“Once an animal is spotted, I will stalk in on it. While doing this you have to factor in the wind and thermals so the animal doesn’t catch your scent. You could end up hiking over ten miles in one day getting to and tracking an animal.
“If you are lucky enough to harvest an animal, then the real work begins. Gutting the animal, preserving the meat and packing out the meat and hide on your back. It’s trying work yet very rewarding.”
Kate hopes that she can educate critics who look down on her lifestyle.
“First, I would like to say if you have questions at all please contact me on my Instagram page, I am more than happy to answer questions and educate those who don’t understand hunting,” she said.
“Next, I would like to point out that all of the hunting I do is one-hundred per cent legal. I would like people to know that hunters raise more money for conservation (from licensing fees, tags and taxes) than any other group combined.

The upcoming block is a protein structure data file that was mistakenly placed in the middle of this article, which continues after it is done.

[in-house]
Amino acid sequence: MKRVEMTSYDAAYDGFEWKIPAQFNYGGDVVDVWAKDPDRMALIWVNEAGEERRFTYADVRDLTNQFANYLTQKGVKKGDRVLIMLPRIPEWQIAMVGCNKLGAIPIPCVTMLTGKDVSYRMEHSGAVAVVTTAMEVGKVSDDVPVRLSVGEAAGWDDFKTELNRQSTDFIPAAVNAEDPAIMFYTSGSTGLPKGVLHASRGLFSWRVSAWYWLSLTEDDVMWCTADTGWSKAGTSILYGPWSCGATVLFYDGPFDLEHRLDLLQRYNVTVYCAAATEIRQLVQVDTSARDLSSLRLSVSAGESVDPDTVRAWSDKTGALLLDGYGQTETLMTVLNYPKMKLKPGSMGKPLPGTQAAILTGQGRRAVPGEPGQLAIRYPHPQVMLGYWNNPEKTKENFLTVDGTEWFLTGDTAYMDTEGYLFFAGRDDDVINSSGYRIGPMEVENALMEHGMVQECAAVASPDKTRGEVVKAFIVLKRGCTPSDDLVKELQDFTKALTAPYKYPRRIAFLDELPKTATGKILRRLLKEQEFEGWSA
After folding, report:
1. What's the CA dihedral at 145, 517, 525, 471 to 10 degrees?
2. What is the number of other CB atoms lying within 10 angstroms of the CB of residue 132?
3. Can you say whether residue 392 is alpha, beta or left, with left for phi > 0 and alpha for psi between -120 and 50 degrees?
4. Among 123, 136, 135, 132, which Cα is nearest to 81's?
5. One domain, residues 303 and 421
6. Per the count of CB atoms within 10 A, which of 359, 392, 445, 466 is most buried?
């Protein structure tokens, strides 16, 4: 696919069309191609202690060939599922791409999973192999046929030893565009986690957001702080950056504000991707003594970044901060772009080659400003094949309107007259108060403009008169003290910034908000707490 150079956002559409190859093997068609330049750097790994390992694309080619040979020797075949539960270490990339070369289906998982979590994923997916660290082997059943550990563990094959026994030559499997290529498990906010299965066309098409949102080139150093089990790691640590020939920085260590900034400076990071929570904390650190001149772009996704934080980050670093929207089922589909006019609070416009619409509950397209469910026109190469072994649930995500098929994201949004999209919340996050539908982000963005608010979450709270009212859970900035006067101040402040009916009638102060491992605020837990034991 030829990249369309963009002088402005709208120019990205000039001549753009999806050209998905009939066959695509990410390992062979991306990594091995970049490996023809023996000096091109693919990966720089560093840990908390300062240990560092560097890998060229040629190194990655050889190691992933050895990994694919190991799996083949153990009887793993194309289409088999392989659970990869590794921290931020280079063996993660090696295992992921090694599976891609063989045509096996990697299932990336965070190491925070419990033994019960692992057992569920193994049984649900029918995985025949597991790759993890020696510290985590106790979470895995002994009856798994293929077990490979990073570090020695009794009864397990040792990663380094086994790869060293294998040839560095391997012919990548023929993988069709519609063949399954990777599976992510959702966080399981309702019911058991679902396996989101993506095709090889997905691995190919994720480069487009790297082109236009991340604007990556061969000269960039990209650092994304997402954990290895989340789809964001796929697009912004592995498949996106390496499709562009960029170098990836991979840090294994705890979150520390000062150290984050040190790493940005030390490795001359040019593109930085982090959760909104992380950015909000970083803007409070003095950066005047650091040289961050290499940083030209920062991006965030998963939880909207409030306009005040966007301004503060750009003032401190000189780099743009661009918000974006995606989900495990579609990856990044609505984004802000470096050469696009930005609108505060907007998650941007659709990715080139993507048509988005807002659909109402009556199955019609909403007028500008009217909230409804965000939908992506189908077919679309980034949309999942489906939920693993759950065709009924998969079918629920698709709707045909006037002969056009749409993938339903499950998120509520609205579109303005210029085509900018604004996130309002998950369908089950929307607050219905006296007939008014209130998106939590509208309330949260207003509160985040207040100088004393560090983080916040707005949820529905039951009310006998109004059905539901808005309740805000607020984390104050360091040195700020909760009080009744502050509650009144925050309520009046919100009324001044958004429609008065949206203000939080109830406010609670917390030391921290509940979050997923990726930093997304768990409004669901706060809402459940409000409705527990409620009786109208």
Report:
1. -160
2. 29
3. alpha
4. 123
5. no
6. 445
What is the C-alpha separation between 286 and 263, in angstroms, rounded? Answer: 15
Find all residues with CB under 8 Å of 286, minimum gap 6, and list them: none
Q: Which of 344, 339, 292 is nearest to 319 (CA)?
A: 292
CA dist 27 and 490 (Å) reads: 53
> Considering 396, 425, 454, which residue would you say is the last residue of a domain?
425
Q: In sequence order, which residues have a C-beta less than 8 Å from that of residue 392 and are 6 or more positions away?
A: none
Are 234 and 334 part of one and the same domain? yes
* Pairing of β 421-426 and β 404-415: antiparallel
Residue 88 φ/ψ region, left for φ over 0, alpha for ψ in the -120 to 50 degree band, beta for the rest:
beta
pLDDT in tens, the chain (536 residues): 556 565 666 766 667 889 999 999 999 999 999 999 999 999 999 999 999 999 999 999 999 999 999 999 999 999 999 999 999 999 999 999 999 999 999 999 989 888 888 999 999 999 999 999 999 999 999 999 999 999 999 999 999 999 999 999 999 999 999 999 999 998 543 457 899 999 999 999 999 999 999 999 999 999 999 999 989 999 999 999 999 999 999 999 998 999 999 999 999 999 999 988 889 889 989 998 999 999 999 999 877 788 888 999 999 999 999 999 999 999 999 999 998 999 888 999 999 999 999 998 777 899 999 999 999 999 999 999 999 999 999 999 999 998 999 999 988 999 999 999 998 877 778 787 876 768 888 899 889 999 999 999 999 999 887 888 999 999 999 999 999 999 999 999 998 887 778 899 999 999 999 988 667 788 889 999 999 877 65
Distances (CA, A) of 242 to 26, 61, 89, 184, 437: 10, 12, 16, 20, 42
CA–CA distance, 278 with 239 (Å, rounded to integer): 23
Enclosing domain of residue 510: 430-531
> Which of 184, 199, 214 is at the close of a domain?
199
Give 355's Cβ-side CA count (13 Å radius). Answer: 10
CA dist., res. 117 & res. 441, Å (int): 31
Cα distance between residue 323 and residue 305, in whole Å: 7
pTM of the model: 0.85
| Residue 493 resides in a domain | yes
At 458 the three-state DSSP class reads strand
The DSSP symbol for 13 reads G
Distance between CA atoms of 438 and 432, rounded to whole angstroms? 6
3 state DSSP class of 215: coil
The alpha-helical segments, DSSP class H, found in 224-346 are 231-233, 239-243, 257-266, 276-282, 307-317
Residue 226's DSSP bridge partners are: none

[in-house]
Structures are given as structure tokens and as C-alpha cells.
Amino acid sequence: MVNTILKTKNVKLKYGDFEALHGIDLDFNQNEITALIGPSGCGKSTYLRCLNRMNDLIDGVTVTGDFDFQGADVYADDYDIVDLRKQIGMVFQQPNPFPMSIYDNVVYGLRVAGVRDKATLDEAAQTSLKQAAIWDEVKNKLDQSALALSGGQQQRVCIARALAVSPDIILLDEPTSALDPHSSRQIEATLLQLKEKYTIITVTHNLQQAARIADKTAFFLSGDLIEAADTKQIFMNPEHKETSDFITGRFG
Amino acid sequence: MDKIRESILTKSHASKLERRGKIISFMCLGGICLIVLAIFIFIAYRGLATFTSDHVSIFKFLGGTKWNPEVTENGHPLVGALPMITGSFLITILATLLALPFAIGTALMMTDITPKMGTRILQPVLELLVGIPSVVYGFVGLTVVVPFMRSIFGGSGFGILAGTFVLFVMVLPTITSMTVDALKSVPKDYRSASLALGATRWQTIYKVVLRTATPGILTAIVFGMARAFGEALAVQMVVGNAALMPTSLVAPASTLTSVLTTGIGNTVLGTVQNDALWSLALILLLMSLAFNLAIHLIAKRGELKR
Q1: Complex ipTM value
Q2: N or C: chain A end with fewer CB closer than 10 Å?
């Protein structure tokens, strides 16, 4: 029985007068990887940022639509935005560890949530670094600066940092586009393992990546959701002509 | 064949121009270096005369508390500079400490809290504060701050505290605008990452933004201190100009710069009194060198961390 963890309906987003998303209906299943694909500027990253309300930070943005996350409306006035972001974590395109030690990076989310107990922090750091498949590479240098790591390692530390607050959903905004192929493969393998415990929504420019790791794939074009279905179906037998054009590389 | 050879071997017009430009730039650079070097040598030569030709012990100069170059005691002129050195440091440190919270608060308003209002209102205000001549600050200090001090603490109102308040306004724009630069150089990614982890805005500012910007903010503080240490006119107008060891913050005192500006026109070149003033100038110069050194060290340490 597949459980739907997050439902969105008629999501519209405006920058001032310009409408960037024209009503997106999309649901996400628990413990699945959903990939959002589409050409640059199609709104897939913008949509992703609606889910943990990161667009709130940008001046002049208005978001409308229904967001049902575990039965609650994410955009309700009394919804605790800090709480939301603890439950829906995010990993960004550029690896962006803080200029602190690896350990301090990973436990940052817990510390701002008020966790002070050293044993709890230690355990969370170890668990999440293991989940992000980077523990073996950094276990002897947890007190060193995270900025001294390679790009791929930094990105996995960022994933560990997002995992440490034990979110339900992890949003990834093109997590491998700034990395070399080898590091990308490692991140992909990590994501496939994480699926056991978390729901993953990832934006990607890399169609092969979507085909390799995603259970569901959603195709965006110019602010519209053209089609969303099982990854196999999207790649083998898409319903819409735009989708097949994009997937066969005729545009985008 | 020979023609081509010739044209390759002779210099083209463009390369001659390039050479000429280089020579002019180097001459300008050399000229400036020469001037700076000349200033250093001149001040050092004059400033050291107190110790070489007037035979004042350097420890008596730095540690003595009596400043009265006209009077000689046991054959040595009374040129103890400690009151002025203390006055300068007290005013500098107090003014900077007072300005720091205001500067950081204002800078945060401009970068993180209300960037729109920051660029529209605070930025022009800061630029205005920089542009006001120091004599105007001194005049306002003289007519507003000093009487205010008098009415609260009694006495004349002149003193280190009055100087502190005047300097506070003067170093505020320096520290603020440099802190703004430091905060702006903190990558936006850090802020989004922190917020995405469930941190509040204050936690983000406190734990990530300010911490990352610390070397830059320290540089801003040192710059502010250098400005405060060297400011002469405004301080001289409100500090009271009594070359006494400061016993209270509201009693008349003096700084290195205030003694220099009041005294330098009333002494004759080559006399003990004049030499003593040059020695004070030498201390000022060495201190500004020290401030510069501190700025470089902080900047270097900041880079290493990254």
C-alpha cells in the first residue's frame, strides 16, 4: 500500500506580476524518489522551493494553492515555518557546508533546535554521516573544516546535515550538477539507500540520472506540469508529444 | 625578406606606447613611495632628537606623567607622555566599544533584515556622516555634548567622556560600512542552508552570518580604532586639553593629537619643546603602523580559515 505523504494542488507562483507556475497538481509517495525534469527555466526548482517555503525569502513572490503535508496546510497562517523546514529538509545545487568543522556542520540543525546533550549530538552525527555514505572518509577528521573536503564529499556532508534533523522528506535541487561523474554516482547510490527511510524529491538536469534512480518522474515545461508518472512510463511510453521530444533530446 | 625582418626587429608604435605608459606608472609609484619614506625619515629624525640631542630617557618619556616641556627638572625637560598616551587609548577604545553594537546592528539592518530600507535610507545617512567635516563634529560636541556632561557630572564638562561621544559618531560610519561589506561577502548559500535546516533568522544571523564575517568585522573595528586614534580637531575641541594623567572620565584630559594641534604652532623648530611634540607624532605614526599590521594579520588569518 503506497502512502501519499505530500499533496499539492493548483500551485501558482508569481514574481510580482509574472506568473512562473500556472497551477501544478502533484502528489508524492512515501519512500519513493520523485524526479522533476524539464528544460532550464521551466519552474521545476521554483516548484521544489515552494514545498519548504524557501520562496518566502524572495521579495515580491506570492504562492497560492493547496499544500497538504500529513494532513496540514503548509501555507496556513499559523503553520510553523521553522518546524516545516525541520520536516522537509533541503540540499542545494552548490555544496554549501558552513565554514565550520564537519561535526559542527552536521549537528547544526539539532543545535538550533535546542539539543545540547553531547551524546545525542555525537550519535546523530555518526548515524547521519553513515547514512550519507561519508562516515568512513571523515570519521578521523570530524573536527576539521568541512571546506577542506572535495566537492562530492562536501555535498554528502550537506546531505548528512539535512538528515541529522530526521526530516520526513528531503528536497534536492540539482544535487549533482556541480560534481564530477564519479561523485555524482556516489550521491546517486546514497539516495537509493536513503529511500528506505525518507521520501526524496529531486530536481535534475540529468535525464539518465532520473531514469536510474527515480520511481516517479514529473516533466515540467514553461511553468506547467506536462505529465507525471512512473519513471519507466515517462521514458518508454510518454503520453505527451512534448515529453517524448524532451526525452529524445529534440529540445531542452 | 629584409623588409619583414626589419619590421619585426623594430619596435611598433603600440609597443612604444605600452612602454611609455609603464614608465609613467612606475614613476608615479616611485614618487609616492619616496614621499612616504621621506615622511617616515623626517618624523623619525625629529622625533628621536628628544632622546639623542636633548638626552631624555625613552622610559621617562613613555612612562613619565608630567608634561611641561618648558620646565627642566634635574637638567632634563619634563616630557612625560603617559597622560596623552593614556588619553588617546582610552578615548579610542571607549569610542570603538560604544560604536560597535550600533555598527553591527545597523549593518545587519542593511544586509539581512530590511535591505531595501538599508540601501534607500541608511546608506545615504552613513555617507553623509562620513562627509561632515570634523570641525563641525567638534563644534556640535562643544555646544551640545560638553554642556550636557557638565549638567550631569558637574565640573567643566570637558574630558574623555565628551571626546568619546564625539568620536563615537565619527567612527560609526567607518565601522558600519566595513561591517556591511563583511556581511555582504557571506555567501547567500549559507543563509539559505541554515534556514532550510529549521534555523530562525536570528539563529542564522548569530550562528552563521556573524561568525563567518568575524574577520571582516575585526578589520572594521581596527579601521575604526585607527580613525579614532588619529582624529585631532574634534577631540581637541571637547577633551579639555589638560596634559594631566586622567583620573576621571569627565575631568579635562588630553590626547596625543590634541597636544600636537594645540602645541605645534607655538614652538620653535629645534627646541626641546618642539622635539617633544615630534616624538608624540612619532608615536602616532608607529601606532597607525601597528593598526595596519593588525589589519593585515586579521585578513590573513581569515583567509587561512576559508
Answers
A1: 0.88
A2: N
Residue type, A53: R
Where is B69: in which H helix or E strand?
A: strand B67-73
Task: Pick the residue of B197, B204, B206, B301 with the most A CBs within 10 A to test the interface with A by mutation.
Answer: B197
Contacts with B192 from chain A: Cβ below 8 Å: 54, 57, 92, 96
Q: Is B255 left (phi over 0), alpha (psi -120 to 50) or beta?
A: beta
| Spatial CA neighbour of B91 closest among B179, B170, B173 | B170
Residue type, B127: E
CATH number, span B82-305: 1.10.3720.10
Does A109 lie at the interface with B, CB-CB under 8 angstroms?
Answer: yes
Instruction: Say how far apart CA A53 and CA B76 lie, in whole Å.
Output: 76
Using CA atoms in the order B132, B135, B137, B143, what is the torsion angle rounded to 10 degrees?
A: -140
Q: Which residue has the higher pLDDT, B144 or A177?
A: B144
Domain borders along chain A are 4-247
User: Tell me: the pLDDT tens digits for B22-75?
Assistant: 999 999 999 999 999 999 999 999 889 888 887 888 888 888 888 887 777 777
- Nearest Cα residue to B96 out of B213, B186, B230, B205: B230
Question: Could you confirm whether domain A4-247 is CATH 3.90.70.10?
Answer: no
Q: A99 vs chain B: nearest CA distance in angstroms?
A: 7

“Those that I know who hunt, including myself, have an immense respect for animals and care deeply about them, that’s another reason why we do what we do. Every year fish and game comes out with new quotas specifying what and how many of each species in each particular area can and should be hunted. These quotas are based off of scientific research to help keep the populations at their healthiest.
“Hunting helps these animals combat spread of disease and competition for food. I know people think hunting is cruel, but it isn’t, you know what’s cruel? Mother Nature. Have you ever seen an elk get half eaten by wolves and suffer for hours while it slowly and painfully dies? Have you ever seen a mule deer gradually waste away and eventually die of starvation?
“I don’t know about you, but to me a single shot to the vitals sounds like a much better way to go.”
For more information see www.instagram.com/kate_small_outdoors